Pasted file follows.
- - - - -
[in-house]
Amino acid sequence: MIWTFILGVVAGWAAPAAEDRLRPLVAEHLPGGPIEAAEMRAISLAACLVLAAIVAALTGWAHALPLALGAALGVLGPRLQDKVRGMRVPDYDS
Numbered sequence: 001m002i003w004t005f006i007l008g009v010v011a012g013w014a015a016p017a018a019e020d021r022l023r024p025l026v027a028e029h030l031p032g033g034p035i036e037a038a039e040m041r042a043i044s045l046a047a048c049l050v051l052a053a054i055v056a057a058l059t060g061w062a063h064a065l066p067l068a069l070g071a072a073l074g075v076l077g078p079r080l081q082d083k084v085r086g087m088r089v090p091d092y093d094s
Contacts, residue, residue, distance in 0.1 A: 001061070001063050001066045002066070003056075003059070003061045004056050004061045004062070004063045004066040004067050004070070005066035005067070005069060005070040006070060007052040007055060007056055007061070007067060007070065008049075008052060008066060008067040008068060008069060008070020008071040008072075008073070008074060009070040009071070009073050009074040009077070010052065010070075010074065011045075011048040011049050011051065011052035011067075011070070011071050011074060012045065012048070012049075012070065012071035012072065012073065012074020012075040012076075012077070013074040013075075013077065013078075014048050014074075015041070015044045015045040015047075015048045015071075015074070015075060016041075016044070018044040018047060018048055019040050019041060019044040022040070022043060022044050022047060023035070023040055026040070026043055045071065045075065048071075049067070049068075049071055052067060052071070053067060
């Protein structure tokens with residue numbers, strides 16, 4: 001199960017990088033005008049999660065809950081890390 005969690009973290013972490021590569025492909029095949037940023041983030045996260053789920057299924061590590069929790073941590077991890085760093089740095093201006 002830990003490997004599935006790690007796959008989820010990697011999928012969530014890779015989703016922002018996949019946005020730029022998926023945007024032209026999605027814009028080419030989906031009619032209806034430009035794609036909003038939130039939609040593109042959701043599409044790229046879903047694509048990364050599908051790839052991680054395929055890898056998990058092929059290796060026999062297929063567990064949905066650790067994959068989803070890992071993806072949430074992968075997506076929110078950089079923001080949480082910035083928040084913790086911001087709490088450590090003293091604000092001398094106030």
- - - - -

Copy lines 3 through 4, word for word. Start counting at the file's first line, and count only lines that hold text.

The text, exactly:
Numbered sequence: 001m002i003w004t005f006i007l008g009v010v011a012g013w014a015a016p017a018a019e020d021r022l023r024p025l026v027a028e029h030l031p032g033g034p035i036e037a038a039e040m041r042a043i044s045l046a047a048c049l050v051l052a053a054i055v056a057a058l059t060g061w062a063h064a065l066p067l068a069l070g071a072a073l074g075v076l077g078p079r080l081q082d083k084v085r086g087m088r089v090p091d092y093d094s
Contacts, residue, residue, distance in 0.1 A: 001061070001063050001066045002066070003056075003059070003061045004056050004061045004062070004063045004066040004067050004070070005066035005067070005069060005070040006070060007052040007055060007056055007061070007067060007070065008049075008052060008066060008067040008068060008069060008070020008071040008072075008073070008074060009070040009071070009073050009074040009077070010052065010070075010074065011045075011048040011049050011051065011052035011067075011070070011071050011074060012045065012048070012049075012070065012071035012072065012073065012074020012075040012076075012077070013074040013075075013077065013078075014048050014074075015041070015044045015045040015047075015048045015071075015074070015075060016041075016044070018044040018047060018048055019040050019041060019044040022040070022043060022044050022047060023035070023040055026040070026043055045071065045075065048071075049067070049068075049071055052067060052071070053067060